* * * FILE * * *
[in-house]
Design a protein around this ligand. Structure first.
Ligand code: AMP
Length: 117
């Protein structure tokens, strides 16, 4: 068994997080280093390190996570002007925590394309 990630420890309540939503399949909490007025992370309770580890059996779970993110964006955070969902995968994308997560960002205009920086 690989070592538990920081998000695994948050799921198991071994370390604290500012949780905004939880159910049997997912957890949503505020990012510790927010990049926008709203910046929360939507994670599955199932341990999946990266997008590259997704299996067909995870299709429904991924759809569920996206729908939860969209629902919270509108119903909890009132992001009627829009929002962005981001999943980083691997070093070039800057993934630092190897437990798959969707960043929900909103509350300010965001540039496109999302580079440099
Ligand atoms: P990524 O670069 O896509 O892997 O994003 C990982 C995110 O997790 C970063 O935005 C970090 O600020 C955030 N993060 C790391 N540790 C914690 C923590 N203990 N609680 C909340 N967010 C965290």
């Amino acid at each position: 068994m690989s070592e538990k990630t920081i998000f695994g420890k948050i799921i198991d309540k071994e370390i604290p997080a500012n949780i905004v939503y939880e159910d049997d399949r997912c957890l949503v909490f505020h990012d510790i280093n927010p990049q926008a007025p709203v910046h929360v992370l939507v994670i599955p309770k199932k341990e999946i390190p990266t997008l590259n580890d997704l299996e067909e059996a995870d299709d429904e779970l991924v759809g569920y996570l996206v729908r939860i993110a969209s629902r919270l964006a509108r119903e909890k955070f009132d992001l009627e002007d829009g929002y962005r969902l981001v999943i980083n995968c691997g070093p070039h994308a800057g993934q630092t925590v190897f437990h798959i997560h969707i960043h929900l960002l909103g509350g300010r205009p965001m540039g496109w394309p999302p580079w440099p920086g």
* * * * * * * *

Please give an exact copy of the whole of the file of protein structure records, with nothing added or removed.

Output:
[in-house]
Design a protein around this ligand. Structure first.
Ligand code: AMP
Length: 117
């Protein structure tokens, strides 16, 4: 068994997080280093390190996570002007925590394309 990630420890309540939503399949909490007025992370309770580890059996779970993110964006955070969902995968994308997560960002205009920086 690989070592538990920081998000695994948050799921198991071994370390604290500012949780905004939880159910049997997912957890949503505020990012510790927010990049926008709203910046929360939507994670599955199932341990999946990266997008590259997704299996067909995870299709429904991924759809569920996206729908939860969209629902919270509108119903909890009132992001009627829009929002962005981001999943980083691997070093070039800057993934630092190897437990798959969707960043929900909103509350300010965001540039496109999302580079440099
Ligand atoms: P990524 O670069 O896509 O892997 O994003 C990982 C995110 O997790 C970063 O935005 C970090 O600020 C955030 N993060 C790391 N540790 C914690 C923590 N203990 N609680 C909340 N967010 C965290």
């Amino acid at each position: 068994m690989s070592e538990k990630t920081i998000f695994g420890k948050i799921i198991d309540k071994e370390i604290p997080a500012n949780i905004v939503y939880e159910d049997d399949r997912c957890l949503v909490f505020h990012d510790i280093n927010p990049q926008a007025p709203v910046h929360v992370l939507v994670i599955p309770k199932k341990e999946i390190p990266t997008l590259n580890d997704l299996e067909e059996a995870d299709d429904e779970l991924v759809g569920y996570l996206v729908r939860i993110a969209s629902r919270l964006a509108r119903e909890k955070f009132d992001l009627e002007d829009g929002y962005r969902l981001v999943i980083n995968c691997g070093p070039h994308a800057g993934q630092t925590v190897f437990h798959i997560h969707i960043h929900l960002l909103g509350g300010r205009p965001m540039g496109w394309p999302p580079w440099p920086g």